Components ejected during operation of the machine should be retained within the body of the track carriage assembly provided access hatches are correctly fitted. But there is a concern that components weakened by an over pressurisation during machine operation may fail at lower pressures during the track tensioning process when access covers are removed - with the operator of the grease gun at greatest risk. This is particularly relevant on machinery on which the grease nipple axis is perpendicular to the tensioner cylinder and not in line with it as is the case on many machines. See Fig 5.
Some manufacturers are now offsetting the hatches such that the opening is not in line with the axis of the grease nipple - so that in the event of failure, the nipple and grease jet should not be ejected outside of the track undercarriage. Some manufacturers now provide a replacement hatch cover that either contains a slot – offset from the grease nipple - to allow the grease gun to be attached and used; or has a separate, small, offset cover mounted on top of the main cover. See Fig 6.
The tensioner assemblies on some manufacturer’s tracked vehicles are fitted with a pressure relief valve which limits the maximum pressure within the assembly, thus preventing pressure excursions that could result in damage or detachment. The settings on such valves must not be adjusted without use of specialist equipment to accurately set their opening pressure.
Track tension on tracked plant must be kept within the limits set by the manufacturer. Track that loses tension repeatedly must not be over-tensioned to compensate. The cause of repeat loss of tension must be investigated by a competent person (eg experienced plant fitter) to identify and rectify the root cause. If necessary assistance should be sought from the manufacturer or their local representative.
While tracked machinery is being operated, the hatch covers which provide access to the track tensioning grease nipple must be in place and secured in line with the manufacturer’s instructions.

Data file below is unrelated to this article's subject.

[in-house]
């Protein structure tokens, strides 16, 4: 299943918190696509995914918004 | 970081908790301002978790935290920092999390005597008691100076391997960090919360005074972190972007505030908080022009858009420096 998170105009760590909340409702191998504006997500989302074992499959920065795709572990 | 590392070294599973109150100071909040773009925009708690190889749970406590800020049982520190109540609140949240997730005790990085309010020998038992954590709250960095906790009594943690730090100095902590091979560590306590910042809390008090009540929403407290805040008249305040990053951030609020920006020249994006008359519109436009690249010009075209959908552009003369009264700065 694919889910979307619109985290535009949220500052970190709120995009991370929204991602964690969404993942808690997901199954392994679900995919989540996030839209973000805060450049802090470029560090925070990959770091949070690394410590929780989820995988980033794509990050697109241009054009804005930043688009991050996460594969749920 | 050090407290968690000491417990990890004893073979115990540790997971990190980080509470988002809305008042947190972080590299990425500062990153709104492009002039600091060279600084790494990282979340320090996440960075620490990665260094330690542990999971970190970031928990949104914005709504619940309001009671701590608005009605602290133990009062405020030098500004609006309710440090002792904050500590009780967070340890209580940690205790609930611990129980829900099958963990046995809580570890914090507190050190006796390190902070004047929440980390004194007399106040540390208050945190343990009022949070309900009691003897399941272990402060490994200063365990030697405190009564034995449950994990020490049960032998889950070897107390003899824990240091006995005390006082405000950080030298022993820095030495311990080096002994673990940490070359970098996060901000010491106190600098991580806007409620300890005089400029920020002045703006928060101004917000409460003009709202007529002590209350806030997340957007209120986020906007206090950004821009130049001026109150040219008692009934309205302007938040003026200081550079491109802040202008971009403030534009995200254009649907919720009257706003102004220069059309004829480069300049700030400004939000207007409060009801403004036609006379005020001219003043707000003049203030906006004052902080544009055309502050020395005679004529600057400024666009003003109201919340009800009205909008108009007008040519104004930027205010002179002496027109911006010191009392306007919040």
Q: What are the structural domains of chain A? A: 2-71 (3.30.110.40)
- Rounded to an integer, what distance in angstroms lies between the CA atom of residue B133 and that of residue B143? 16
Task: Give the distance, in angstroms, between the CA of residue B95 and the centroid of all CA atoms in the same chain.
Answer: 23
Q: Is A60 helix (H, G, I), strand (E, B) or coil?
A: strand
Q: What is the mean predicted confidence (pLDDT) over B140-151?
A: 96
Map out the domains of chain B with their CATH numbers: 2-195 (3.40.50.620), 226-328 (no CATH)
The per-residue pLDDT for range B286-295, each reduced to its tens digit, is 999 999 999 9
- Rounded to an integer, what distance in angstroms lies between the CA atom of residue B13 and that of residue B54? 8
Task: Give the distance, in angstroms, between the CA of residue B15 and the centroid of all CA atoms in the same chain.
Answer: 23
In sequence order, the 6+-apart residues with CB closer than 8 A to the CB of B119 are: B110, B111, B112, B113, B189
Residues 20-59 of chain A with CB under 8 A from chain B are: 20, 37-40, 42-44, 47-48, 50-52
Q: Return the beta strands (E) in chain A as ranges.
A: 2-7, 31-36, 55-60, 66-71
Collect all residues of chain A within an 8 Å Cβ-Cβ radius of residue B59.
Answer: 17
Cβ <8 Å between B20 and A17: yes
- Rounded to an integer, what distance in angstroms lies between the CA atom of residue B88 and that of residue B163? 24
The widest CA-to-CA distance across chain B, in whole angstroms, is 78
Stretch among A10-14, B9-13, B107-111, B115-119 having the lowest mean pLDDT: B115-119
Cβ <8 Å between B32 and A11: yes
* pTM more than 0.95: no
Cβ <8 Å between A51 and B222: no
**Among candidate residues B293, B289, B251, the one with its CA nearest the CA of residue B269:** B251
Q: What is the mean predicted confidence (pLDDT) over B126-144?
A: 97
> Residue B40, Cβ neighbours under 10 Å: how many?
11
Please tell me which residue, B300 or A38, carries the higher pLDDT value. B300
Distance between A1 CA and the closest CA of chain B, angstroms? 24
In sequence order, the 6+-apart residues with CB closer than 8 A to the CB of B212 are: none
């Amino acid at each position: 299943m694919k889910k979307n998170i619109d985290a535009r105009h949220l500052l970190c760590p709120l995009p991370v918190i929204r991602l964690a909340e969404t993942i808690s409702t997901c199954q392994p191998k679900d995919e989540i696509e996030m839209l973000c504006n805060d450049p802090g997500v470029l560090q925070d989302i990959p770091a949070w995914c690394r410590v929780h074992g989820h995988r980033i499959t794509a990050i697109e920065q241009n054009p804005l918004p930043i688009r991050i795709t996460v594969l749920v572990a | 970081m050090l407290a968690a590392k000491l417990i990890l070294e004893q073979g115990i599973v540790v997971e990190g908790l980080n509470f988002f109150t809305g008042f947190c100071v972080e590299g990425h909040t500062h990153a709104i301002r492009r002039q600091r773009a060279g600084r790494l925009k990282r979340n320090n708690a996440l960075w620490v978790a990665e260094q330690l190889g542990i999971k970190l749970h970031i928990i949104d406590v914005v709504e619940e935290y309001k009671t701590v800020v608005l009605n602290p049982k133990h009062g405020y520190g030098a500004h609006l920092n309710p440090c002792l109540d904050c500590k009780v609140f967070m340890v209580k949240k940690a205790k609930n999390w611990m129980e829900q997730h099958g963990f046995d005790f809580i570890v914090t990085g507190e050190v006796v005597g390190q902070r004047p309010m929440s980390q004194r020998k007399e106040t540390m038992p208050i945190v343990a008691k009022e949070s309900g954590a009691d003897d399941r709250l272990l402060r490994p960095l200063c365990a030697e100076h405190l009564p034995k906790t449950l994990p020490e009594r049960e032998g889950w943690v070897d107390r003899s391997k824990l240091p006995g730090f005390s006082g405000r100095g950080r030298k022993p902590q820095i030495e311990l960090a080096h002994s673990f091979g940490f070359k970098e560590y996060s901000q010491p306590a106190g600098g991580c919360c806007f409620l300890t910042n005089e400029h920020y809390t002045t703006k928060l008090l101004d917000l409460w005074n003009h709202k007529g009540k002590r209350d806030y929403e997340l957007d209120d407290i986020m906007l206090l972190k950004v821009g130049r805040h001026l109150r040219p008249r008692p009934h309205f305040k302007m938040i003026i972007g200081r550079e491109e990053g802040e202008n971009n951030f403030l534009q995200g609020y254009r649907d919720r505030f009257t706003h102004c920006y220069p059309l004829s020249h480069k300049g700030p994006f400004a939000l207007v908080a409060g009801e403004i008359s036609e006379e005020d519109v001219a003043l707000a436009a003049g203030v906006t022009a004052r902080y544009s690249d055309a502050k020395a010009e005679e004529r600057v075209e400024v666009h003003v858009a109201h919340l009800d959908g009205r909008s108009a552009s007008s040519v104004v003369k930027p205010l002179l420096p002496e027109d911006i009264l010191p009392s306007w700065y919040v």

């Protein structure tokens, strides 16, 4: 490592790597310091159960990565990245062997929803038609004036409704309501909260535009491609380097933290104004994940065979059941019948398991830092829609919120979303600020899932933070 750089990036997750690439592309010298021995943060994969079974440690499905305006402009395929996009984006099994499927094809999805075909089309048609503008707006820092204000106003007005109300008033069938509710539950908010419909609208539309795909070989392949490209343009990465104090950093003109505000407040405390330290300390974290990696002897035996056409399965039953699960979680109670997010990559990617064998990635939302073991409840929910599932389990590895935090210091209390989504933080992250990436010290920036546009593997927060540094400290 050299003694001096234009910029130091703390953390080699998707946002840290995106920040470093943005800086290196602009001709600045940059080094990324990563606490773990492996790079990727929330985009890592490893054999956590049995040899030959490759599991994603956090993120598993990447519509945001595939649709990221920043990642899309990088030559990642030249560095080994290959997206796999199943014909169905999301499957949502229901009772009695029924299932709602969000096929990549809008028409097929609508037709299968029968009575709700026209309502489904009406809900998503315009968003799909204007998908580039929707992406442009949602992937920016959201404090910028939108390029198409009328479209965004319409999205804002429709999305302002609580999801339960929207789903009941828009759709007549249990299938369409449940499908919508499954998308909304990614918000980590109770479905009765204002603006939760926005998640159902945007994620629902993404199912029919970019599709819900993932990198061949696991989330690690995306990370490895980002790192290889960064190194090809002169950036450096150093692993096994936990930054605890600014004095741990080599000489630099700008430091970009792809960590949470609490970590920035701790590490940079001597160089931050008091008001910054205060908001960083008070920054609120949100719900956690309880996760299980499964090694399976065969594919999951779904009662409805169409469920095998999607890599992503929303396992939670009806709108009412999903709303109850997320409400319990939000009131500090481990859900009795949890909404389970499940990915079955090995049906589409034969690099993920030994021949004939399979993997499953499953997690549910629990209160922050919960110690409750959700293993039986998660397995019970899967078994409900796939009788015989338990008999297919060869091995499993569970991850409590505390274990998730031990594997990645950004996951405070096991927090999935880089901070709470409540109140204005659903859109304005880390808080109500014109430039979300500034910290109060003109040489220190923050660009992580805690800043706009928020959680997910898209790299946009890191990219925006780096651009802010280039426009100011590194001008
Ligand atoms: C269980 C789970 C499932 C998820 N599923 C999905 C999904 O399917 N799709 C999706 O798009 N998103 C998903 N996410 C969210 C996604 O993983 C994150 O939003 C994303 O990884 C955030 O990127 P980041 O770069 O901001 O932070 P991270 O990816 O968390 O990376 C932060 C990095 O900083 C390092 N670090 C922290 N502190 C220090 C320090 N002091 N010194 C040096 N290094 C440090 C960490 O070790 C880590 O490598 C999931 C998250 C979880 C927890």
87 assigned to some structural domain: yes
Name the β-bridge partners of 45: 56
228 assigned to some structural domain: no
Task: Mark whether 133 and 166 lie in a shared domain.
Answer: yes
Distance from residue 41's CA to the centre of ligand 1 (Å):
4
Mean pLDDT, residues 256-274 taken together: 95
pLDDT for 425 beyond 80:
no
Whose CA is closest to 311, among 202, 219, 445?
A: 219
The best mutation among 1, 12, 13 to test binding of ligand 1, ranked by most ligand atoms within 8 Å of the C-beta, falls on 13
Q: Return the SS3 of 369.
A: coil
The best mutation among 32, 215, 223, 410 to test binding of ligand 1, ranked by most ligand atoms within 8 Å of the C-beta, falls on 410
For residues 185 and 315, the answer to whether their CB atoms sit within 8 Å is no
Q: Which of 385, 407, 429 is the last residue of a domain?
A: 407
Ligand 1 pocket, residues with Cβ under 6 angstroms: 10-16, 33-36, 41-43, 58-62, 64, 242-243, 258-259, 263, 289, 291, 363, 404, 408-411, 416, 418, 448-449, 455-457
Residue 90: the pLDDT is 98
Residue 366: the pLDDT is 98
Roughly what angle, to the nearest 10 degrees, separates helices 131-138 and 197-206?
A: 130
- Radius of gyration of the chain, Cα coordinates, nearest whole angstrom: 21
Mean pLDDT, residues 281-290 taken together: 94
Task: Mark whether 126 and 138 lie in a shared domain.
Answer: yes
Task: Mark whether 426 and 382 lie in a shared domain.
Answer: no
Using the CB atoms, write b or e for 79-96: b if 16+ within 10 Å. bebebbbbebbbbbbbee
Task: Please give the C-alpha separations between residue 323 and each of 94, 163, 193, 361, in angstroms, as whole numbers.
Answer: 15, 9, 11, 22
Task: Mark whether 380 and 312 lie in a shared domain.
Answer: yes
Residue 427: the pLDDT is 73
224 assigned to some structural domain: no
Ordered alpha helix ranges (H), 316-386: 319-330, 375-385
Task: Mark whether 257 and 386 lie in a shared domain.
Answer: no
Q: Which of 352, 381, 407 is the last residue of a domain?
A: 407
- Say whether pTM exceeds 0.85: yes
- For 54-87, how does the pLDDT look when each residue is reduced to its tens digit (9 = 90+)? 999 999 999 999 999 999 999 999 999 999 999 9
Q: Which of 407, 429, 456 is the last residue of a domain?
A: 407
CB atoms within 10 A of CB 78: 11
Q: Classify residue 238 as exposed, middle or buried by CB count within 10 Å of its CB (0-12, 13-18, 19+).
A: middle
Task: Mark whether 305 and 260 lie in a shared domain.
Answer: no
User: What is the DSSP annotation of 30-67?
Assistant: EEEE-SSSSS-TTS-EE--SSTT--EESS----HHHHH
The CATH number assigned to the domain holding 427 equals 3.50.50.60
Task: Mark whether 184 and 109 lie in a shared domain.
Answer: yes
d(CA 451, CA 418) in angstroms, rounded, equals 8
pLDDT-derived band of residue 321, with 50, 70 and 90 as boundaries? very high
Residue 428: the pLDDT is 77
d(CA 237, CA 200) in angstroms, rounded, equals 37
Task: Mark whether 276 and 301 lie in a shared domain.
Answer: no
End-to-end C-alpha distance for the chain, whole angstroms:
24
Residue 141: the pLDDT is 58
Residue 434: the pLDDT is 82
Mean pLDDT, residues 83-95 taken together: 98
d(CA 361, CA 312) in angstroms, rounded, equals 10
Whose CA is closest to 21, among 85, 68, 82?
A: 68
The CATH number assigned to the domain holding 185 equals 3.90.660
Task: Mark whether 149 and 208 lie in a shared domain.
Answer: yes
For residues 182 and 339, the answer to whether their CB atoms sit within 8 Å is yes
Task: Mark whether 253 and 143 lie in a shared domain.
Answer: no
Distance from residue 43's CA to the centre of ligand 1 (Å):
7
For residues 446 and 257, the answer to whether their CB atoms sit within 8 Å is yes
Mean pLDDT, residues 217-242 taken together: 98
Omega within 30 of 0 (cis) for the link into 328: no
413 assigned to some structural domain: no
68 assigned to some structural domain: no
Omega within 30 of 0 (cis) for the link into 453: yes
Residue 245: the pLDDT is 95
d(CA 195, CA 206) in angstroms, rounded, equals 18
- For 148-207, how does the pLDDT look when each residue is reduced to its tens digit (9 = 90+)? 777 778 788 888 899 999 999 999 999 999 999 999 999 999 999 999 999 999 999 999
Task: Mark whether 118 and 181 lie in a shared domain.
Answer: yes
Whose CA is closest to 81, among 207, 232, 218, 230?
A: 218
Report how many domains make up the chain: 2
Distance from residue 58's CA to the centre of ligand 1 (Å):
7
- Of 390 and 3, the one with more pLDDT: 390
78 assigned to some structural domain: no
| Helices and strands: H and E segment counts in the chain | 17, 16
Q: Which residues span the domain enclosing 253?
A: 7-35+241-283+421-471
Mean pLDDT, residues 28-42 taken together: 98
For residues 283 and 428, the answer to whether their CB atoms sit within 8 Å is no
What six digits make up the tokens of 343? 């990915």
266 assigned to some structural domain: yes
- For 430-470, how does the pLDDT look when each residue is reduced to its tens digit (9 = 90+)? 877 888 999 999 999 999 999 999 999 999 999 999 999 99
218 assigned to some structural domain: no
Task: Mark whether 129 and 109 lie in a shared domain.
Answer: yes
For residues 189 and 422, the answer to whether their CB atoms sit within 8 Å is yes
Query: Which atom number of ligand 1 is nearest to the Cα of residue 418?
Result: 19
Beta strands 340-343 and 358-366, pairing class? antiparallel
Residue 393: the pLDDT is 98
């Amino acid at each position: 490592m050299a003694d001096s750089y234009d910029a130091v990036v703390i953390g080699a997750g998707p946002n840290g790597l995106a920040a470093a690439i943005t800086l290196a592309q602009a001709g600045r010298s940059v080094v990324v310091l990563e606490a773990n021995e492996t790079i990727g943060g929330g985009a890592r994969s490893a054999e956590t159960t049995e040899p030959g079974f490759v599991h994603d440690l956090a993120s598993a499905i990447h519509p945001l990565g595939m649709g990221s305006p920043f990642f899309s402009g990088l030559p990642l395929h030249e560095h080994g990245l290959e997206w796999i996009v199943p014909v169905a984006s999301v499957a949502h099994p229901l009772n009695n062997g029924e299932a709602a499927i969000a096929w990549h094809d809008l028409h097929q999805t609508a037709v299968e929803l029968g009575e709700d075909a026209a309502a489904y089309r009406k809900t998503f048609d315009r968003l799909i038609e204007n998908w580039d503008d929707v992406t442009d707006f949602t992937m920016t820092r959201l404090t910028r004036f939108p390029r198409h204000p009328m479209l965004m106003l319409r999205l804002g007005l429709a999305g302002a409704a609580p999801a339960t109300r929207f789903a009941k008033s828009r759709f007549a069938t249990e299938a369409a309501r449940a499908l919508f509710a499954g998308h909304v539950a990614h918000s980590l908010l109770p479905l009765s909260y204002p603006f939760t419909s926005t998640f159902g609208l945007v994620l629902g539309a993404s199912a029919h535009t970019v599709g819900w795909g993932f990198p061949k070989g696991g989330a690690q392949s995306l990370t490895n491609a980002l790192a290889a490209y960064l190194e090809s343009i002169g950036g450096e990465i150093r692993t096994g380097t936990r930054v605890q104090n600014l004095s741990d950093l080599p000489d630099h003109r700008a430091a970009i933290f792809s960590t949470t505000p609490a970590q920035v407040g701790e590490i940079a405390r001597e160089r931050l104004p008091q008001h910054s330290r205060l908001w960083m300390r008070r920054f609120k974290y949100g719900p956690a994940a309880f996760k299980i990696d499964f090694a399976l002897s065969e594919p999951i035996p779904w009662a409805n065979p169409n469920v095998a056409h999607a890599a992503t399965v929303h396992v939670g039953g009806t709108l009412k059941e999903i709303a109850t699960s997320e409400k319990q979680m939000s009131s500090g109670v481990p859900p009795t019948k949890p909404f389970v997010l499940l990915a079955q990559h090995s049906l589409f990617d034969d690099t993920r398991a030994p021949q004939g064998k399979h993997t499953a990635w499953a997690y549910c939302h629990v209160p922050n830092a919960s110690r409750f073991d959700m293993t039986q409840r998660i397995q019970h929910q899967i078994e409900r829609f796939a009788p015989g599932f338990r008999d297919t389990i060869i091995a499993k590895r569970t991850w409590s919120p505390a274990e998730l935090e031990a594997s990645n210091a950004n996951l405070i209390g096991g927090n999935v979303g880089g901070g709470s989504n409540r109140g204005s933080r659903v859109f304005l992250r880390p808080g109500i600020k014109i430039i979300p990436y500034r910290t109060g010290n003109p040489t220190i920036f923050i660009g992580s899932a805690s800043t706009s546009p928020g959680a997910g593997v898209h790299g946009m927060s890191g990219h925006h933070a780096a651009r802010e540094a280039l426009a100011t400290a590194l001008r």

The tracks, including the chain, should be cleaned on a daily basis, and the tracks, rollers, idler wheel and sprocket on each side of the vehicle should be visually checked, as far as possible, and any trapped debris removed. The tracks must not be parked up standing in wet concrete.
Tensioning of tracks on tracked plant should only be carried out by a person who has received training in how to correctly do this. The training should include how to identify faults and who to report them to. Each time track tensioning is carried out an entry should be made in the operators’ inspection and maintenance log kept with the machine. The reason for any need for excessive adjustment should be assessed by a person competent to do so.
When tensioning the tracks on vehicles where the grease nipple is perpendicular to the tensioner cylinder (ie where the axis of the nipple and/or any other parts of the tensioner assembly is pointing toward the grease gun operator), as a precaution the operator must ensure they are not positioned in front of or in-line with the nipple. This is so as to avoid injury should it break free of the tensioner assembly. On vulnerable machines, if the manufacturer provides a retrofit cover that allows the grease nipple to be permanently shielded this should be installed.
If a hydraulic component is ejected, the component must not be re-used, since it is likely to have sustained damage during such an event. Where a threaded component has detached, both the male and female thread involved must be scrapped and not reused. Partially stripped threads may not appear visibly damaged but will be unable to sustain their design load/pressure. The integrity of the union between any replacement components and the assembly must be verified by a competent person. If there is any doubt, seek advice/guidance from the original equipment manufacturer or supplier. Scrapped components should be destroyed to prevent inadvertent reuse.
Please pass this information to anyone involved in hydraulics engineering or general maintenance technicians.